The cement placed in the annulus of a casing must provide a positive seal between the casing and the wall of the borehole, and must develop sufficient strength to avoid mechanical failure. The seal between the cement and the borehole wall is adversely affected by the filter cake deposited thereon during the drilling operation and by drilling fluid that adheres to the filter cake, and the seal between the cement and the outer surface of the casing is adversely affected by drilling fluid that adheres to it. Also, conventional drilling fluids contain various ingredients that affect the curing rate and ultimate mechanical strength of the cement. Compounds that are absorbed on the surface of the individual cement grains will retard the setting time of the cement. Many of the organic compounds used in drilling fluids, such as starches, chrome lignosulfonate, quebracho and sodium carboxymethyl cellulose, retard the setting time of the cement and result in a cured cement having lower mechanical strength. Chrome lignosulfonate, an important ingredient of most water base drilling fluids, is particularly detrimental to cement, and adversely affects the curing rate and ultimate mechanical strength of the cement.
Also, a plug of cement is sometimes placed in a borehole to provide a base for side track drilling. The cement plug must be sufficiently bonded to the borehole wall or the interior of the casing, as the case may be, and have sufficient mechanical strength to support the downward force exerted upon it during the side tracking operation.
Failure of the primary cementing of the casing in the well and other problems often require squeeze cementing of a well. Squeeze cementing is a method in which cement slurry is forced or squeezed" by pressure into or against a permeable formation, or through perforations or casings or liners at predetermined locations, for the purpose of correcting such problems as high gas-oil ratios, excessive production of water, repair of easing leaks, sealing of perforations that are improperly placed, isolating producing zones prior to perforating for production, repairing channels and faults in the primary cement surrounding the casing, sealing low pres sure zones that are thieving oil, gas, or drilling fluids, and on abandoning depleted producing zones to prevent fluid migration and contamination of other zones.
These cementing processes are adversely affected by contamination with drilling fluid that contains ingredients that deleteriously affect setting of the cement, and by the filter cake on the borehole wall. Various techniques have been employed for reducing contamination of the cement with drilling fluid, and for removing the filter cake from the wall of the borehole prior to cementing. In an attempt to reduce contamination of the cement with drilling fluid, cement. is usually run with a plug immediately preceding the cement slurry and another plug immediately following the slurry. However, while this is an effective means of removing drilling fluid adhering to the inside surface of the casing and for preventing mixing of drilling fluid into the cement in the casing, it does not prevent mixing in the annulus after the cement exits the casing. Also, it has been proposed to displace drilling fluid from the well with a preflush of a viscous liquid such as water thickened with a cross-linked polysaccharide or a viscoelastic liquid such as an aqueous polyvinyl alcohol solution containing borate ions.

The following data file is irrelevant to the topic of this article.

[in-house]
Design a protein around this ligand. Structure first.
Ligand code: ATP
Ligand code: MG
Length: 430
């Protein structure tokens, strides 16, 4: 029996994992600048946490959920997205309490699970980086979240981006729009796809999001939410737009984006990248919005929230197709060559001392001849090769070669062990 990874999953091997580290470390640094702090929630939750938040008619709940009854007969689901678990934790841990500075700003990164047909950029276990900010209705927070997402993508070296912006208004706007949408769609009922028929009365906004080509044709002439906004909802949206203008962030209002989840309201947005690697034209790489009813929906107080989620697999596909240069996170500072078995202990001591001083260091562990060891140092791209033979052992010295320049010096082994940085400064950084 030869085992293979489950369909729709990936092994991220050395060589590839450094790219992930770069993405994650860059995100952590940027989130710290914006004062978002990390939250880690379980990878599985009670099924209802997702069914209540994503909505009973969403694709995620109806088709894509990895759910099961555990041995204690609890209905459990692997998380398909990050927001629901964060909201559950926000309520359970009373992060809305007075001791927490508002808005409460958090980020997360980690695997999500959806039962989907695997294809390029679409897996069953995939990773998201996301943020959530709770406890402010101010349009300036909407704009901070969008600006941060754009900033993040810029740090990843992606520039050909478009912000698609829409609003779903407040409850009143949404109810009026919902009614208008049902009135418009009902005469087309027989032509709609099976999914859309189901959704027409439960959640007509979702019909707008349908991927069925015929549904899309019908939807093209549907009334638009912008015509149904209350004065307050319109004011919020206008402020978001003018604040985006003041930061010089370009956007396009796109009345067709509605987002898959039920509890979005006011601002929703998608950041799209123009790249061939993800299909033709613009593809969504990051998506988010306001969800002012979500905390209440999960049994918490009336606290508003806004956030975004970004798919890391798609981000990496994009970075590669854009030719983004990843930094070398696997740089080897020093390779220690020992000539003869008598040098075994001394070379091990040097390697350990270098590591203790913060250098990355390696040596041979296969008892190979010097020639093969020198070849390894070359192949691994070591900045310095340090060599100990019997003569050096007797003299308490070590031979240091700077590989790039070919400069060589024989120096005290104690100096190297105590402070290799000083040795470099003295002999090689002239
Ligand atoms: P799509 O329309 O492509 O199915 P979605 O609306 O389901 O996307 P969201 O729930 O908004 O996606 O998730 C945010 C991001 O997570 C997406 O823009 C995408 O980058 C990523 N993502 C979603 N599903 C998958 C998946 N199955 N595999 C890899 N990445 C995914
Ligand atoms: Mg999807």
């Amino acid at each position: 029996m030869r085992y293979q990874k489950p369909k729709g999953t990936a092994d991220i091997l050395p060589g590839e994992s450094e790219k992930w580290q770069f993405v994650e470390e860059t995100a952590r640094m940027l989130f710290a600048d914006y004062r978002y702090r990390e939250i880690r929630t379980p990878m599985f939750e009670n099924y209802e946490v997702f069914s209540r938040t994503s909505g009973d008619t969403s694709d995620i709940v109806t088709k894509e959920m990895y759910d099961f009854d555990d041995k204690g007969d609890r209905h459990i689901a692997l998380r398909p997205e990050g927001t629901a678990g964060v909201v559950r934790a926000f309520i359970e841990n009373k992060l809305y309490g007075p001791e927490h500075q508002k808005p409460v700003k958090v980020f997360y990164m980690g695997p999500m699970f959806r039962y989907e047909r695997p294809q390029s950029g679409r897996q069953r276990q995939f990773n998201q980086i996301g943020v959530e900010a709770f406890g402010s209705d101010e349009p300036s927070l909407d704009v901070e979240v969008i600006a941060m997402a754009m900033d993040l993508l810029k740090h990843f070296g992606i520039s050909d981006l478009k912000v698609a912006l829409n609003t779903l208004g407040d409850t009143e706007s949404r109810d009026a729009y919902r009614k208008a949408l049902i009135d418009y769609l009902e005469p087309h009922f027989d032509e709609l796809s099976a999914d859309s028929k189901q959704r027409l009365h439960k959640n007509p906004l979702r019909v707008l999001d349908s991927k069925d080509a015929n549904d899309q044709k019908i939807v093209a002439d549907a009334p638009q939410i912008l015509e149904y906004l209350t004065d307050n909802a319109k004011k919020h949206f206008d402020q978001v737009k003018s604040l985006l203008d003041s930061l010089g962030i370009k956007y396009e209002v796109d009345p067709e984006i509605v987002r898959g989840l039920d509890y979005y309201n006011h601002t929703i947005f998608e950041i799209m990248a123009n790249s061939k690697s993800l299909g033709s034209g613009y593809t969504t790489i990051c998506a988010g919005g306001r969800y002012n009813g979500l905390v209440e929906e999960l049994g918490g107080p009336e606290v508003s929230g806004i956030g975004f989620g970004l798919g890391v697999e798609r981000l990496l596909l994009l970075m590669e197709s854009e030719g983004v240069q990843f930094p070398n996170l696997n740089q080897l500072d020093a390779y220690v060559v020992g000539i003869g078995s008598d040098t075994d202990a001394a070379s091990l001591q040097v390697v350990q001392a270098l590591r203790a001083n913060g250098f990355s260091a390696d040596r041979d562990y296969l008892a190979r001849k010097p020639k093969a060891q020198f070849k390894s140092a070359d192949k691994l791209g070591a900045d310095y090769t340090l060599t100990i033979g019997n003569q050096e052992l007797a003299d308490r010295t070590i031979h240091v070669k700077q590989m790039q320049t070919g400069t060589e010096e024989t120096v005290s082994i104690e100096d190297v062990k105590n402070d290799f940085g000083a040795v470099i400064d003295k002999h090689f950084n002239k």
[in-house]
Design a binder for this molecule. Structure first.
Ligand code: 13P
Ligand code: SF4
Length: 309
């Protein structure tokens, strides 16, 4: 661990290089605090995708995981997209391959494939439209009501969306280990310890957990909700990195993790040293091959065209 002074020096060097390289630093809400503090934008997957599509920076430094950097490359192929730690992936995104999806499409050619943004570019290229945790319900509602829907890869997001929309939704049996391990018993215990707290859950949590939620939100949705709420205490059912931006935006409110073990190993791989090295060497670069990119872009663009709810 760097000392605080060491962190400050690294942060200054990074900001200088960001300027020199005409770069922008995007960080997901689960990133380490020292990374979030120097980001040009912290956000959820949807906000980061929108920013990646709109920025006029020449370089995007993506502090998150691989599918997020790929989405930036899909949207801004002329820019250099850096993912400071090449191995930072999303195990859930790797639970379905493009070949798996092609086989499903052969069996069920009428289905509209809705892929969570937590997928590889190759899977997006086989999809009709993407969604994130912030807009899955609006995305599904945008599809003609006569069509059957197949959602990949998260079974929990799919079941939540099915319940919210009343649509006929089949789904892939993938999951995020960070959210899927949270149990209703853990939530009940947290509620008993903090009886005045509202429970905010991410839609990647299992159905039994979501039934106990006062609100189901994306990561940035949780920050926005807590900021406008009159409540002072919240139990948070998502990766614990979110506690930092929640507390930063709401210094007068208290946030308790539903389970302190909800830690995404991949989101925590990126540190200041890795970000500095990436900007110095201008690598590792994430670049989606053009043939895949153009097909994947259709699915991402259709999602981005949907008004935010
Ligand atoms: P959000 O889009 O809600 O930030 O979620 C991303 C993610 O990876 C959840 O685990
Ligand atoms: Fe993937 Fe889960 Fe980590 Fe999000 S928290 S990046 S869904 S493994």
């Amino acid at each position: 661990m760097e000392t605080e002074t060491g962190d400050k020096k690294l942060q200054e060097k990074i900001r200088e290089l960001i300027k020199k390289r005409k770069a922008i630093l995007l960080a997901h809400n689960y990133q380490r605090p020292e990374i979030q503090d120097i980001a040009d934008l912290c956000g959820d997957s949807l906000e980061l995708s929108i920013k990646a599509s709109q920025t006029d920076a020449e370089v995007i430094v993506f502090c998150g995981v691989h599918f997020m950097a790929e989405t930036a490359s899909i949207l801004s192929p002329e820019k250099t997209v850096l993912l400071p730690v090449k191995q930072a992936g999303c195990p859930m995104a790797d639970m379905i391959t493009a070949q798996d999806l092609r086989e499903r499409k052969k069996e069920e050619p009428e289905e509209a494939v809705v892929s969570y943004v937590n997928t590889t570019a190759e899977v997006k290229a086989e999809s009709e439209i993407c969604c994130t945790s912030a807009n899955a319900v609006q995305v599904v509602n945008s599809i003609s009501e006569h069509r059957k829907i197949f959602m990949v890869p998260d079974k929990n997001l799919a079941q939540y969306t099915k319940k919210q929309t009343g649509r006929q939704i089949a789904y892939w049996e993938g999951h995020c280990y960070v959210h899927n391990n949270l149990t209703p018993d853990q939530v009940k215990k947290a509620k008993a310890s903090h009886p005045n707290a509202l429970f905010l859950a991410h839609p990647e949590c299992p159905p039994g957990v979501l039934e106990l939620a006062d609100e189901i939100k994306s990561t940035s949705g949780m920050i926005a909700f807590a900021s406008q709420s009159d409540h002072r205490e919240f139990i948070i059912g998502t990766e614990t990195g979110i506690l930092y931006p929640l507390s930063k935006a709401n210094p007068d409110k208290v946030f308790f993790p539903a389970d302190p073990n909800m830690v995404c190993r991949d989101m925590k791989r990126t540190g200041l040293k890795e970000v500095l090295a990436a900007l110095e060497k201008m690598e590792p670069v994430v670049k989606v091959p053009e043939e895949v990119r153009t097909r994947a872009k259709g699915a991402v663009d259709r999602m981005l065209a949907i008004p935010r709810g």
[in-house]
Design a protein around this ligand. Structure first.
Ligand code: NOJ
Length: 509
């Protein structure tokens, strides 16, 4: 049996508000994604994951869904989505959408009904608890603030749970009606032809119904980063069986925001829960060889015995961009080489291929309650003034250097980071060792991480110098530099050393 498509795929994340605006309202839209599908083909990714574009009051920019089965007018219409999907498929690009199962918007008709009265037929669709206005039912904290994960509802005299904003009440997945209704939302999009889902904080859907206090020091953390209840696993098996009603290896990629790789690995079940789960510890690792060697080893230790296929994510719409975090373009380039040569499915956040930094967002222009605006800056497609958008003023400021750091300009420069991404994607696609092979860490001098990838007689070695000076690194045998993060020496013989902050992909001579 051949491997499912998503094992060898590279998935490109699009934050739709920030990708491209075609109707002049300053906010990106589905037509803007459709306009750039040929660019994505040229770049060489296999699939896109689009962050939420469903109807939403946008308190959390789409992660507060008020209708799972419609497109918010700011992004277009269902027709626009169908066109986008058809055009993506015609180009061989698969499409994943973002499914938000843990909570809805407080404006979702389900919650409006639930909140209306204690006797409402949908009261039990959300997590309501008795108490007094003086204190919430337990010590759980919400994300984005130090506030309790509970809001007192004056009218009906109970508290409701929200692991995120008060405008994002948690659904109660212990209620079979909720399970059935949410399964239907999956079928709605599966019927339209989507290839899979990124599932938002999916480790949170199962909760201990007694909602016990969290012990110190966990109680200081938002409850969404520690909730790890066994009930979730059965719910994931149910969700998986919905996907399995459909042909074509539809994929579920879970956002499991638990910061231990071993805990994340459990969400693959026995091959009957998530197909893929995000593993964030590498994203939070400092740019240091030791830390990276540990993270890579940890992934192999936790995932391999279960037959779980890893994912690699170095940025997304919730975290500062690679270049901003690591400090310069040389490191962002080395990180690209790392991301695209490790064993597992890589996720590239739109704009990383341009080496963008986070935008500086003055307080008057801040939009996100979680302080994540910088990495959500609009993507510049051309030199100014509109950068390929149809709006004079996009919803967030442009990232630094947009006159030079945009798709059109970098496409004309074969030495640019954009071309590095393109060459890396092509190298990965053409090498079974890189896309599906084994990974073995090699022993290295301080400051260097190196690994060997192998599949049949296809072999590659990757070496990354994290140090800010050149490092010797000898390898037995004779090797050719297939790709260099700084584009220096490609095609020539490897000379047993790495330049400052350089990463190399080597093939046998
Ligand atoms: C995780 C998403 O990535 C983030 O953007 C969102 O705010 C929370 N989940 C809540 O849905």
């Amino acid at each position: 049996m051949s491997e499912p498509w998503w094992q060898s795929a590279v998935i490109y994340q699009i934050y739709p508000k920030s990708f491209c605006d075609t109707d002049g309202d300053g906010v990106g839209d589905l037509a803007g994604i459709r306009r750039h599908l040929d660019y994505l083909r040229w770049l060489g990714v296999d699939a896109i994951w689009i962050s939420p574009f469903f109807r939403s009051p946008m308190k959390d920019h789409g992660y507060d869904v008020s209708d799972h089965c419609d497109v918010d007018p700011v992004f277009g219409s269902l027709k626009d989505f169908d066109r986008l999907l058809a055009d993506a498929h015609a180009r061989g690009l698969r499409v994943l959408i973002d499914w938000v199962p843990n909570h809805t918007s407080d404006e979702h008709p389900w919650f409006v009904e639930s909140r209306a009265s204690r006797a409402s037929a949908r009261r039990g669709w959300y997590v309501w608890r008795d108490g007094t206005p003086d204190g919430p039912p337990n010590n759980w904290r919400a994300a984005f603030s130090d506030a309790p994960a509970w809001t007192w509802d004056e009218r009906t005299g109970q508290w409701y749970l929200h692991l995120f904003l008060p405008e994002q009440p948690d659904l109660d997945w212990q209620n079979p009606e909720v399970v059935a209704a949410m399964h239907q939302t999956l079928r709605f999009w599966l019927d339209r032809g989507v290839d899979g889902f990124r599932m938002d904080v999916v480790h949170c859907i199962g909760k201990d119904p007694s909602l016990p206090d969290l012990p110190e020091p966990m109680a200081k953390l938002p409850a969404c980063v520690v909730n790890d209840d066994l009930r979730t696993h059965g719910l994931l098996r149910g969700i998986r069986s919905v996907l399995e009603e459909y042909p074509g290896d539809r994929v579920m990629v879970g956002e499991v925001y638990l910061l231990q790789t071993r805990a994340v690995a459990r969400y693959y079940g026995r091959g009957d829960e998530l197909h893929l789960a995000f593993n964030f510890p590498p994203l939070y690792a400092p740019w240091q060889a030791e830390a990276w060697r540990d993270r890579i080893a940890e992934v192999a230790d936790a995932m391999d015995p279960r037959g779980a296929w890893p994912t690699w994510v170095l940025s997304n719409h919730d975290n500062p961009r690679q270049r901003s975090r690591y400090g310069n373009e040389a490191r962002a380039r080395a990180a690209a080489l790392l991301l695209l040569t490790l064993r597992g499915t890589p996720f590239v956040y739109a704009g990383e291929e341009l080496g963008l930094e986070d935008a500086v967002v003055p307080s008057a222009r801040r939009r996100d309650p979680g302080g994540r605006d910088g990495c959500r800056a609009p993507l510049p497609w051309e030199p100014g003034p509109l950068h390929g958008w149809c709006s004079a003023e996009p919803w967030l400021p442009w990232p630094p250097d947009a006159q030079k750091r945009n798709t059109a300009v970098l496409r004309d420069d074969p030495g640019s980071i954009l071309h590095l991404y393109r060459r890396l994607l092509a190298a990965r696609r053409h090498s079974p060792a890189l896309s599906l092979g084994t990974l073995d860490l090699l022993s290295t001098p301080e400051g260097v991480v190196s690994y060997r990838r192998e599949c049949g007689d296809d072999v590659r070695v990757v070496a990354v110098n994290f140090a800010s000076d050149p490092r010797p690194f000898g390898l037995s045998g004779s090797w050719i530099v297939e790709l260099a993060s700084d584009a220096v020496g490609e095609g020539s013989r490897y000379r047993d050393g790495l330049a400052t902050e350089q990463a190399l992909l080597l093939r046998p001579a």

Efforts to remove the filter cake from the borehole wall have been concentrated mainly on the mechanical removal by scratchers or the like mounted on the exterior of the well casing. However, it has been proposed to abrade the filter cake by adding sand or other abradent substance to the cement slurry, or by jetting the cement slurry against the borehole wall with a special jetting tool so that the cementing material, of itself, acts as the medium to remove the filter cake.
However, for various reasons, these techniques have not been altogether effective in removing the filter cake from the formation face and in preventing contamination of the cement slurry with drilling fluid so as to assure a good, fluid-tight bonding of the cement to the wall of the borehole and to the exterior surface of the casing, and to assure that the cement possesses the designed curing rate and attains a high mechanical strength upon curing. Thus, need exists for an economical, simple method for placing cement in a well that achieves these results.
Accordingly, a principal object of this invention is to provide a method for placing cement in a well that has been drilled with a water base drilling fluid containing ingredients that deleteriously affect the curing of the cement.
Another object of the invention is to provide a method for cementing a casing in a well that provides a competent, high strength seal in the annulus surrounding the casing.
Still another object of the invention is to provide a method for cementing casings in wells drilled with a water base drilling fluid that contains constituents that deleteriously affect the cement.
A further object of the invention is to provide a method for cementing casings in wells drilled with a water base drilling fluid containing chrome lignosulfonate.